31. 31. Moran O, Nizzari M, Conti F (2000) Endogenous expression of the β1A sodium channel subunit in HEK-293 cells. FEBS Letters 473: 132–134.
  32. 32. Moran O, Conti F, Tammaro P (2003) Sodium channel heterologous expression in mammalian cells and the endogenous beta-1 subunits. Neuroscience Letters 336: 175–179.
  33. 33. Zhao J, O’Leary ME, Chahine M (2011) Regulation of Nav1.6 and Nav1.8 peripheral nerve Na+ channels by auxiliary β-subunits. Journal of Neurophysiology 106: 608–619.
  34. 34. Qu Y, Curtis R, Lawson D, Gilbride K, Ge P, et al. (2001) Differential modulation of sodium channel gating and persistent sodium currents of the β1, β2, and β3 subunits. Molecular and Cellular Neuroscience 18: 570–580.
  35. 35. Cummins TR, F A, Renganathan M, Herzog RI, Dib-Hajj SD, et al. (2001) Nav1.3 sodium channels: rapid repriming and slow closed-state inactivation display quantitative differences after expression in a mammalian cell line and in spinal sensory neurons. Journal of Neuroscience 21: 5952–5961.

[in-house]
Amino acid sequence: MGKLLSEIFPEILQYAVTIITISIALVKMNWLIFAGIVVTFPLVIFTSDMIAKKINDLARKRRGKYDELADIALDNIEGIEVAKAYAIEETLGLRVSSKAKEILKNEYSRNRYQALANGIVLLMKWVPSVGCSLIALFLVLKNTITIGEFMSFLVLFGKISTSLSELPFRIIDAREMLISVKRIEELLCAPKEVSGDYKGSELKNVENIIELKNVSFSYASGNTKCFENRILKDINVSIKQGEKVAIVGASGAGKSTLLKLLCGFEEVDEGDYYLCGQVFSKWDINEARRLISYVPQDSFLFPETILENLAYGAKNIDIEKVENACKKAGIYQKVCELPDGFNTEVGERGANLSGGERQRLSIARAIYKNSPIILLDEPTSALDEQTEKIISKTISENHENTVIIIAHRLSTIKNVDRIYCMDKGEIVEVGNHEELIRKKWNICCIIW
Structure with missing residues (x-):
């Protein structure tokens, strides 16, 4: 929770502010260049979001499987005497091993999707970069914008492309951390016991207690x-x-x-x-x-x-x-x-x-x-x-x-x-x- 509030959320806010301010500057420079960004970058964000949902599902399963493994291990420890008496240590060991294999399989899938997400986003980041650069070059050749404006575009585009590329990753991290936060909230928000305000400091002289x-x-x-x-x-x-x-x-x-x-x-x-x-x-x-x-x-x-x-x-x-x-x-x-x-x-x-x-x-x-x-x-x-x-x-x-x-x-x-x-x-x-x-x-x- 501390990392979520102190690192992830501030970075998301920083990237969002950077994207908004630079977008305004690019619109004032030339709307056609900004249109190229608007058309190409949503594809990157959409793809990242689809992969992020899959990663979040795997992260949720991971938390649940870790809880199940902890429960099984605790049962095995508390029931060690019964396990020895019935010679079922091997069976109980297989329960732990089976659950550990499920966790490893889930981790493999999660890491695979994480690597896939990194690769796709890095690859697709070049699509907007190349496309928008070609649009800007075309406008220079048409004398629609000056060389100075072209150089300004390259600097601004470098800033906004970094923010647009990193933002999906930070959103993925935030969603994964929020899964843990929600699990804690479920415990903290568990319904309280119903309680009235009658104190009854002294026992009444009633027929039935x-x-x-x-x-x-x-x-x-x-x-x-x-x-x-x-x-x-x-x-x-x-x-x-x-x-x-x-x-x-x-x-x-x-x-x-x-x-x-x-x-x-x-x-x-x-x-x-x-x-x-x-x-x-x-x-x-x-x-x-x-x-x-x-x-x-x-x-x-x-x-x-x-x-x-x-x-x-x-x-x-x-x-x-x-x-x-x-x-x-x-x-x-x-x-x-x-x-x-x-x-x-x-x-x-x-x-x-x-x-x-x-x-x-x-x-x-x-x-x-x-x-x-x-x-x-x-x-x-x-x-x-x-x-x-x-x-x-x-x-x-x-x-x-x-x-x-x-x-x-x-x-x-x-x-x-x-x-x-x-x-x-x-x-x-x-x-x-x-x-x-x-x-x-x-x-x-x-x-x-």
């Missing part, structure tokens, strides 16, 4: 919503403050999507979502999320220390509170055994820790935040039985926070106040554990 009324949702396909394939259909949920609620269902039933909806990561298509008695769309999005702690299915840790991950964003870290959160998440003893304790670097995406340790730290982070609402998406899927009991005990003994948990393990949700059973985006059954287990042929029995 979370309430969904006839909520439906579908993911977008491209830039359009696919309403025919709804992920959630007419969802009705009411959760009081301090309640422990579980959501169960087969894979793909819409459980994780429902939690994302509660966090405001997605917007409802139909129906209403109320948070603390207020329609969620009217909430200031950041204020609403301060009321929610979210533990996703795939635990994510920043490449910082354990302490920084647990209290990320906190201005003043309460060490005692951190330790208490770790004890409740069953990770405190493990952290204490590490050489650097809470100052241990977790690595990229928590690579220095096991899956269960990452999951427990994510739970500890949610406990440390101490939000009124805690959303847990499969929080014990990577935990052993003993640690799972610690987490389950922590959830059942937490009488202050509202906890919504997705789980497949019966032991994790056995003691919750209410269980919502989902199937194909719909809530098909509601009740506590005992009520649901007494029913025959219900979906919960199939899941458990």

36. 36. Ferrera L, Moran O (2006) β1-subunit modulates the Nav1.4 sodium channel by changing the surface charge. Experimental Brain Research 172: 139–150.
  37. 37. Laezza F, Lampert A, Kozel MA, Gerber BR, Rush AM, et al. (2009) FGF14 N-terminal splice variants differentially modulate Nav1.2 and Nav1.6-encoded sodium channels. Molecular and Cellular Neuroscience 42: 90–101.